A Texas woman has passed away after getting infected with a flesh-eating bacteria from eating raw oysters
Jeanette LeBlanc and her wife Vicki Bergquist went crabbing with friends and family on the Louisiana coast in September where she also picked up a sack of raw oysters in a market, KLFY reports. The two ate about two dozen raw oysters and LeBlanc started to feel ill 36 hours later.
Bergquist told KLFY LeBlanc started to have respiratory issues and developed a rash on her legs. The belief was that LeBlanc was having an allergic reaction.
LeBlanc was then told she had vibrio after her condition started to worsen.
“It’s a flesh-eating bacteria. She had severe wounds on her legs from that bacteria,” Bergquist said.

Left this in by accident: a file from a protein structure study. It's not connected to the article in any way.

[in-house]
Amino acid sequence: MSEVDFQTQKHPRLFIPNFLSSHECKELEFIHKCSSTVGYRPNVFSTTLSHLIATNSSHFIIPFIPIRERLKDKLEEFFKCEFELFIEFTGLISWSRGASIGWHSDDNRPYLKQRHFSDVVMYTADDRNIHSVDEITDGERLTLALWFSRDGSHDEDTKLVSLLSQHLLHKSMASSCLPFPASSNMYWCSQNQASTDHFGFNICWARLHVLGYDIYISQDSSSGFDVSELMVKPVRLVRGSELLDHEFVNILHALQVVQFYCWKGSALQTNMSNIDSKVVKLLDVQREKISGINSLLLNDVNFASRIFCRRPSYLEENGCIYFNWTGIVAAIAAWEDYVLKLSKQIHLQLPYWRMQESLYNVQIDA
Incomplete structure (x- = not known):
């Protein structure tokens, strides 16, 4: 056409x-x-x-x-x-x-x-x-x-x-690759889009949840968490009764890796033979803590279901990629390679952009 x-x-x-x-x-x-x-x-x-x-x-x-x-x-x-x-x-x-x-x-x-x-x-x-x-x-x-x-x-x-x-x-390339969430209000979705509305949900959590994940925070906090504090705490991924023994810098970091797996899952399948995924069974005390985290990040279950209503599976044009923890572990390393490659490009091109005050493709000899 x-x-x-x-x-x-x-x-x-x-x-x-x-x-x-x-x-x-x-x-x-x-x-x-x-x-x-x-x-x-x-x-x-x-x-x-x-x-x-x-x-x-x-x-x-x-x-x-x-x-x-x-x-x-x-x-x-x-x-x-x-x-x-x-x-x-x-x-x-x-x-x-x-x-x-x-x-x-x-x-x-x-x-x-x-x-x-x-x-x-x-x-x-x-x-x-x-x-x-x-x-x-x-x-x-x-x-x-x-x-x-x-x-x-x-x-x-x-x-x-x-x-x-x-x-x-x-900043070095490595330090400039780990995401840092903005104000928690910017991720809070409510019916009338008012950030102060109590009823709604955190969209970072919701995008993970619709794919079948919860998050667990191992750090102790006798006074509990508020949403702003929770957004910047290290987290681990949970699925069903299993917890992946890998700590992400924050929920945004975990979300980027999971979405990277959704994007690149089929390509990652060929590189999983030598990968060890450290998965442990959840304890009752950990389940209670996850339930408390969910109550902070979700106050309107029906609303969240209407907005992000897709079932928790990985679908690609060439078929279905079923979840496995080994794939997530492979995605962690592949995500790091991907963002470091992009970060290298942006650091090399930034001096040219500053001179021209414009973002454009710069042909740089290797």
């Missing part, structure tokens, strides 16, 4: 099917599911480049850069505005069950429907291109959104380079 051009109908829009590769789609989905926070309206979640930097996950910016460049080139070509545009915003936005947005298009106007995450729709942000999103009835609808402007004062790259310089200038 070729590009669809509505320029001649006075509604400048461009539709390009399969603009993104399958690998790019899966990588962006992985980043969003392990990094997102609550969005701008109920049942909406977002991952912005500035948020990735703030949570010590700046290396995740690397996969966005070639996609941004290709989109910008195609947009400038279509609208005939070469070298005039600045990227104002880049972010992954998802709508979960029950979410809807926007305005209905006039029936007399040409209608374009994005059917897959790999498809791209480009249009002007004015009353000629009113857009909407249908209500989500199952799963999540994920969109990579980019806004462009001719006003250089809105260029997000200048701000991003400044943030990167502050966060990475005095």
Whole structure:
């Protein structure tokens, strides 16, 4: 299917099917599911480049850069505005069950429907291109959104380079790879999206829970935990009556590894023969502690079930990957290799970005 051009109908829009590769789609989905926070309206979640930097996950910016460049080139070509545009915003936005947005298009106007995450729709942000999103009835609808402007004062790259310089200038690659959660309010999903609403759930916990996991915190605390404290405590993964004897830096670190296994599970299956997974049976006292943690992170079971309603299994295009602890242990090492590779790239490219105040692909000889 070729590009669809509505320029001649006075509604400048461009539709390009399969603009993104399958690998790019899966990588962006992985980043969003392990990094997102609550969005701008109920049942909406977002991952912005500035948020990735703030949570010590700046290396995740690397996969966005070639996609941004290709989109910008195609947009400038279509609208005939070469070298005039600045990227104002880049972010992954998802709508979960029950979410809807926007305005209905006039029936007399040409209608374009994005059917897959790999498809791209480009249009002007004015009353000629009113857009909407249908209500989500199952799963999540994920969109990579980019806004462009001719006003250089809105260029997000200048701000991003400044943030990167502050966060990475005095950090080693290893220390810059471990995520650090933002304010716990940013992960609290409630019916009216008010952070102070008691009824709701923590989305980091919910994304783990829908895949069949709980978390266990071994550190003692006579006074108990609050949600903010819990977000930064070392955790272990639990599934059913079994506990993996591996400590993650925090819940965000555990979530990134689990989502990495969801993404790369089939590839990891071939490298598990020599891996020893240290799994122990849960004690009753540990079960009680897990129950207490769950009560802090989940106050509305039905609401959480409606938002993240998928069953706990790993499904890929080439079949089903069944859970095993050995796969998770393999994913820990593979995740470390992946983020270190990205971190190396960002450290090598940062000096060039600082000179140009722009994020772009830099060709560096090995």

People can get infected with vibrio when they eat raw or under-cooked shellfish or by exposing open wounds to brackish water, according to the Centers for Disease Control and Prevention. LeBlanc had been involved with both.
Karen Bowers, a friend of the couple, told KLFY LeBlanc fought for her life for 21 days. LeBlanc was not able to recover and she passed away on Oct. 15, 2017.
“If they really knew what could happen to them and they could literally die within 48, 36 hours of eating raw oysters, is it really worth it?” said Bowers.
Bergquist and Bowers are both spreading awareness for vibrio now after the loss of their friend.
“If we had known that the risk was so high, I think she would’ve stopped eating oysters,” Bergquist said.
Well, we won’t be eating raw oysters anytime soon.